“Pressure, release. This is one of the main principles of horse training. Apply increasing pressure until you get the behavior you want, then release. The pressure asks the horse for a different behavior, and the release tells him he got it right. Pressure can come in many forms: voice, touch, tension on the lines, or even energy directed at a place on the horse’s body. But the pressure, release thing has gotten generalized around here from a horse training tool to a principle of human behavior management. It is true that Nathan used pressure, release to win Racey’s heart when they were both farming here; Mark and I have employed pressure, release parenting and marriage strategies.
This time of year I fear the farm has been observing all of this and is turning our strategy back on us. It is applying awfully firm pressure on the whole crew, in the form of fast grass, fast weeds, a million urgent needs. Our reaction is to work faster, longer, harder. Is that the behavior you wanted, farm? I think we are all good and tired now, and ready for a little release.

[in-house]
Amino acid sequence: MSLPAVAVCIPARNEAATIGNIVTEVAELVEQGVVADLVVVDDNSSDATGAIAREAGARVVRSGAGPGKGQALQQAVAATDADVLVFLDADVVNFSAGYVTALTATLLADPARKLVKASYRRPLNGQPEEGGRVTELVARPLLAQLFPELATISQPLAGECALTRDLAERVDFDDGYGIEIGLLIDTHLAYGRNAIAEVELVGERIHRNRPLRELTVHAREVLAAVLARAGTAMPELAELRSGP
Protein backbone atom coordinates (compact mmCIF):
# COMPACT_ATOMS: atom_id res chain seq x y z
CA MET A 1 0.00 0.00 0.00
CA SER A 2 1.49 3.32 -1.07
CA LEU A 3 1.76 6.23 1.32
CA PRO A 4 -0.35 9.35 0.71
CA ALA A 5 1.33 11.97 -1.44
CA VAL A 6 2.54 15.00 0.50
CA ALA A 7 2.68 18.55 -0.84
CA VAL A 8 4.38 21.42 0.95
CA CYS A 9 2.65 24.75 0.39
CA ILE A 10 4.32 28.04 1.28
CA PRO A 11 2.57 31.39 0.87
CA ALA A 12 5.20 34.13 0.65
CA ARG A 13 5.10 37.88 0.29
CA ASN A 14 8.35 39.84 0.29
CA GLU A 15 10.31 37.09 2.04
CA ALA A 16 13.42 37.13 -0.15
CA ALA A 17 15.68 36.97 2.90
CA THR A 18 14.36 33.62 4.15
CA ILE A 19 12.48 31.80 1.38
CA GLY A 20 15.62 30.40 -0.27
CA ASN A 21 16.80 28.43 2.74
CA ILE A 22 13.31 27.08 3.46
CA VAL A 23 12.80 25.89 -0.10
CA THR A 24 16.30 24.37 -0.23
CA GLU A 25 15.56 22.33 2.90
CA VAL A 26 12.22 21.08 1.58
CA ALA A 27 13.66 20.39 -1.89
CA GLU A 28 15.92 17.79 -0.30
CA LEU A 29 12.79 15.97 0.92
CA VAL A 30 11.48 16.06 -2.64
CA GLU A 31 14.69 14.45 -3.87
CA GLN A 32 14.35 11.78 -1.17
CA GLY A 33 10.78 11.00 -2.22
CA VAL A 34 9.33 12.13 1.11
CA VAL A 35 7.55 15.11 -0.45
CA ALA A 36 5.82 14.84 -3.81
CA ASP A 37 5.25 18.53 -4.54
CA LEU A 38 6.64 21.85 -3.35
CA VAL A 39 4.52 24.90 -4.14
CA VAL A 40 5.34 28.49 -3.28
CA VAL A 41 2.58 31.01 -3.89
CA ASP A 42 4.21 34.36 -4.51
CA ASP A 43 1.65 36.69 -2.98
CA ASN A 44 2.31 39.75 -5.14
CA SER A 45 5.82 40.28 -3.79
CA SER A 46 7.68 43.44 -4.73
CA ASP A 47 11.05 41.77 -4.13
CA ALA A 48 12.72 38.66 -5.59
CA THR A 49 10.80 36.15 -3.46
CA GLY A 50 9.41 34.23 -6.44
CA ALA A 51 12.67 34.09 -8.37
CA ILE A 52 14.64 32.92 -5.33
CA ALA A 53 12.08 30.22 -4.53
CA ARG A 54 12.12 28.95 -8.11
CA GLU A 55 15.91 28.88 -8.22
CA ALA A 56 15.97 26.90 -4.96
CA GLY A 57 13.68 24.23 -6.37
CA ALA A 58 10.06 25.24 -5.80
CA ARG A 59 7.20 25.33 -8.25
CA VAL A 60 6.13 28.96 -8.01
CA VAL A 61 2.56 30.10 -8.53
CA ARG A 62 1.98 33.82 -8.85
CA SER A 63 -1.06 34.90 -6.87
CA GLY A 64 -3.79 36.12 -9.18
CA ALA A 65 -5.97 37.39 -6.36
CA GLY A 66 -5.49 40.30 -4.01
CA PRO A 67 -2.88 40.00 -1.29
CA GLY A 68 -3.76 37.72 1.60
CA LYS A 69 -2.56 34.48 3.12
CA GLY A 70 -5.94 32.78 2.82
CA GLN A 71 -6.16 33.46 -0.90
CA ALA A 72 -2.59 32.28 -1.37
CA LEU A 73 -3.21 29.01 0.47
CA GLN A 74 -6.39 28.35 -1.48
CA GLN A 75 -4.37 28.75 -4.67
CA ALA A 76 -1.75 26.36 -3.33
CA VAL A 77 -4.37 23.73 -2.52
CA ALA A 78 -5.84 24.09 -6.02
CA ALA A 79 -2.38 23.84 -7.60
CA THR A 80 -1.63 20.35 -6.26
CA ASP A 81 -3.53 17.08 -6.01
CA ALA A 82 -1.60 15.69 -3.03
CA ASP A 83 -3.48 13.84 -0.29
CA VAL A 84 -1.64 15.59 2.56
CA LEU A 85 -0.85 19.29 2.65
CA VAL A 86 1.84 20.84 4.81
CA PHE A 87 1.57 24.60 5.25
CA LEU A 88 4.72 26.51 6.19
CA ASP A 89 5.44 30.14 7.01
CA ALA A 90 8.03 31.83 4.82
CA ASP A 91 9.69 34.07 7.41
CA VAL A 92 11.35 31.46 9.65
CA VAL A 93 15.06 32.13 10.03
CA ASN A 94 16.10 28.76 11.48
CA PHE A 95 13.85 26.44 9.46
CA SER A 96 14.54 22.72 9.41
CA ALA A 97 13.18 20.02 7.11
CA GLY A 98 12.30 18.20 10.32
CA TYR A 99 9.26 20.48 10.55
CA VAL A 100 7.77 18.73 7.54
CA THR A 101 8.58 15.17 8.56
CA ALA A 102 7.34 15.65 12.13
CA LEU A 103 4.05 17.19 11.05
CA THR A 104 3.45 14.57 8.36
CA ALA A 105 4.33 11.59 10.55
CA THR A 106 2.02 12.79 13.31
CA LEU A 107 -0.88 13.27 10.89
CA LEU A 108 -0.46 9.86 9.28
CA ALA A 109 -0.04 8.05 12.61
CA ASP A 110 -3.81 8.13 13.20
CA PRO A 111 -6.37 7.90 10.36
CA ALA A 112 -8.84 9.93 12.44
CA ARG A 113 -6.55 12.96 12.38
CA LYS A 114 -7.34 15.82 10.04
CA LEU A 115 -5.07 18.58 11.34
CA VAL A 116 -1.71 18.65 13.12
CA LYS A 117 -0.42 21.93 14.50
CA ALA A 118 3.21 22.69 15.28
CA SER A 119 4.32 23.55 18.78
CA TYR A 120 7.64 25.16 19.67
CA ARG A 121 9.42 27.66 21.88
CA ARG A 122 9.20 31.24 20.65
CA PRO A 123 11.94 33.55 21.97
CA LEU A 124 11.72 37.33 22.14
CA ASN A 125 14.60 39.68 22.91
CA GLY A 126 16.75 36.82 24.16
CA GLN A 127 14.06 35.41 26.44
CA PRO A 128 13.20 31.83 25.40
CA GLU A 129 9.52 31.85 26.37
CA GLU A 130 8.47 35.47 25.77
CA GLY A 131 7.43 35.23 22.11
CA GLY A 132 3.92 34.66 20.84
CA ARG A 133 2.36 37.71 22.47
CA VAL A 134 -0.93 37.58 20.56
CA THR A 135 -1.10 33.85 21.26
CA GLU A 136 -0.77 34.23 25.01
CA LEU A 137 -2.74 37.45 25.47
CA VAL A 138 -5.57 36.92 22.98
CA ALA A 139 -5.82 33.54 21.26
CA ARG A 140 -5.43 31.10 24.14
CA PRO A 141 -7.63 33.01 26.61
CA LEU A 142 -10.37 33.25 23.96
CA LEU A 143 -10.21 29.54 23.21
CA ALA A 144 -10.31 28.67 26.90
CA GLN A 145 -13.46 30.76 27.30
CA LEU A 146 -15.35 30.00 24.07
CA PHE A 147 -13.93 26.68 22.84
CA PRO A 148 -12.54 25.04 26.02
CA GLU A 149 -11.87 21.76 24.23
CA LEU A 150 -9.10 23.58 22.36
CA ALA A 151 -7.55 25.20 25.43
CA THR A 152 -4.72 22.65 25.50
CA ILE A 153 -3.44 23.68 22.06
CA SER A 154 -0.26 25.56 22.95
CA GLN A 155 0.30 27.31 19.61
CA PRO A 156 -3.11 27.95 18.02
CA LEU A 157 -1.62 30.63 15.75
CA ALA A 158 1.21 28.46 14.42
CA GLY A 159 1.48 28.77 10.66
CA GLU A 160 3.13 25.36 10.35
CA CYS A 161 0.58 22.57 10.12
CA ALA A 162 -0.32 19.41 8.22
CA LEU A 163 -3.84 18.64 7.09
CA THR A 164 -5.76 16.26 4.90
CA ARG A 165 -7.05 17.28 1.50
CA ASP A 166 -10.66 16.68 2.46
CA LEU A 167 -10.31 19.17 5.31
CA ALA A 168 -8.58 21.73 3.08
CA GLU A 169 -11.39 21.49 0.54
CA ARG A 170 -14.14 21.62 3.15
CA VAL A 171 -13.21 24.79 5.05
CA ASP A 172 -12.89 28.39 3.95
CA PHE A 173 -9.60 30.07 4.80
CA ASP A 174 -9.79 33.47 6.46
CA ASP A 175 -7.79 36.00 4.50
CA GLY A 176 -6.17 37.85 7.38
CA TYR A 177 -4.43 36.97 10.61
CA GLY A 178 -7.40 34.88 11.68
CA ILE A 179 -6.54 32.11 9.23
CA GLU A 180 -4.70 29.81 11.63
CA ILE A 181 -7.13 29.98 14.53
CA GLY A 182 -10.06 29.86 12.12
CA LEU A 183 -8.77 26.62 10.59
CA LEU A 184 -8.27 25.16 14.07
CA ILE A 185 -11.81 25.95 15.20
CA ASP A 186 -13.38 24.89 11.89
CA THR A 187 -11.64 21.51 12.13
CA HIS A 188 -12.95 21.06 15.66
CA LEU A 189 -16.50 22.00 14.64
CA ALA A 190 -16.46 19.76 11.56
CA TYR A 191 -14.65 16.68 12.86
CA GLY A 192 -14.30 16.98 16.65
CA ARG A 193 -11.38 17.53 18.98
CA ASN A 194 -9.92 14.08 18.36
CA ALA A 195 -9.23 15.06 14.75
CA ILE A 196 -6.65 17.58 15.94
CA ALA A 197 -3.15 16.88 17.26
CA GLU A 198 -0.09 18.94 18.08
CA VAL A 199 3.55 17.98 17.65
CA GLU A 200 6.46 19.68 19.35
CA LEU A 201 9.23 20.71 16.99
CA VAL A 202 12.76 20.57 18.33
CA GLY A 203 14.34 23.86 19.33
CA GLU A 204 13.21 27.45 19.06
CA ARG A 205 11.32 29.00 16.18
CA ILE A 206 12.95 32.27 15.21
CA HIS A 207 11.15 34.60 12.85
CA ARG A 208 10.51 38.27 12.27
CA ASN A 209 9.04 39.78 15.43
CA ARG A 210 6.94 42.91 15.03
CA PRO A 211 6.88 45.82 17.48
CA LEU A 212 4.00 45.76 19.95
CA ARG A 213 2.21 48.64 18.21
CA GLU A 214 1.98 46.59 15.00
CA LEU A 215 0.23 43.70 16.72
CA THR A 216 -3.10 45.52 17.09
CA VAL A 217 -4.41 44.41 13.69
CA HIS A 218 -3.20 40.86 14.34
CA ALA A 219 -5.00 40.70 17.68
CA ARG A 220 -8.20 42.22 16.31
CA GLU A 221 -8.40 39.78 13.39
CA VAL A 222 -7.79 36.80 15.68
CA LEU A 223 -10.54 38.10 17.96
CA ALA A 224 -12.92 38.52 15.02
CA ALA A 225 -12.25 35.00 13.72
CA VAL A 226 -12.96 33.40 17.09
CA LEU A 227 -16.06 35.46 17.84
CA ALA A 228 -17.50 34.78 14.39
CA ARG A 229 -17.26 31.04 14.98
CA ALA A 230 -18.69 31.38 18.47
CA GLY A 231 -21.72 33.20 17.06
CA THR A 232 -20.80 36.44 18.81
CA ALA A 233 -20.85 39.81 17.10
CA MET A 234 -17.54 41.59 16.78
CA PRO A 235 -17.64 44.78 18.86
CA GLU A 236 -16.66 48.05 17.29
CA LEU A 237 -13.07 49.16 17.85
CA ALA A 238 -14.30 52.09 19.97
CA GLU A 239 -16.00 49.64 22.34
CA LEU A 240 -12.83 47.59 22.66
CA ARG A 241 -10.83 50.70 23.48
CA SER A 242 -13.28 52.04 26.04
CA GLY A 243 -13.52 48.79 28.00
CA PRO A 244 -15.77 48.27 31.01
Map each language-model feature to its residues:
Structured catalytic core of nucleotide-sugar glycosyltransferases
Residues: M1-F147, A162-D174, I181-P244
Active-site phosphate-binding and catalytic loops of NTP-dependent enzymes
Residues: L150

Have I mentioned lately that I’ve become friends with my pressure cooker? I don’t know what took me so long. The pressure cooker lives at the intersection of delicious and efficient, which is exactly where we need to be during the busy season…” Continue reading this Essex Farm Note.
- New Essex Farm Stand Open Daily (www.essexonlakechamplain.com)
- Essex Farm Tours 2014 (www.essexonlakechamplain.com)
- Essex Farm: The Farm Feels Young (www.essexonlakechamplain.com)
- Essex Farm: Shearing Sheep (www.essexonlakechamplain.com)
- Essex Farm: In the Black (www.essexonlakechamplain.com)
- A Local’s Look at The Dirty Life (www.essexonlakechamplain.com)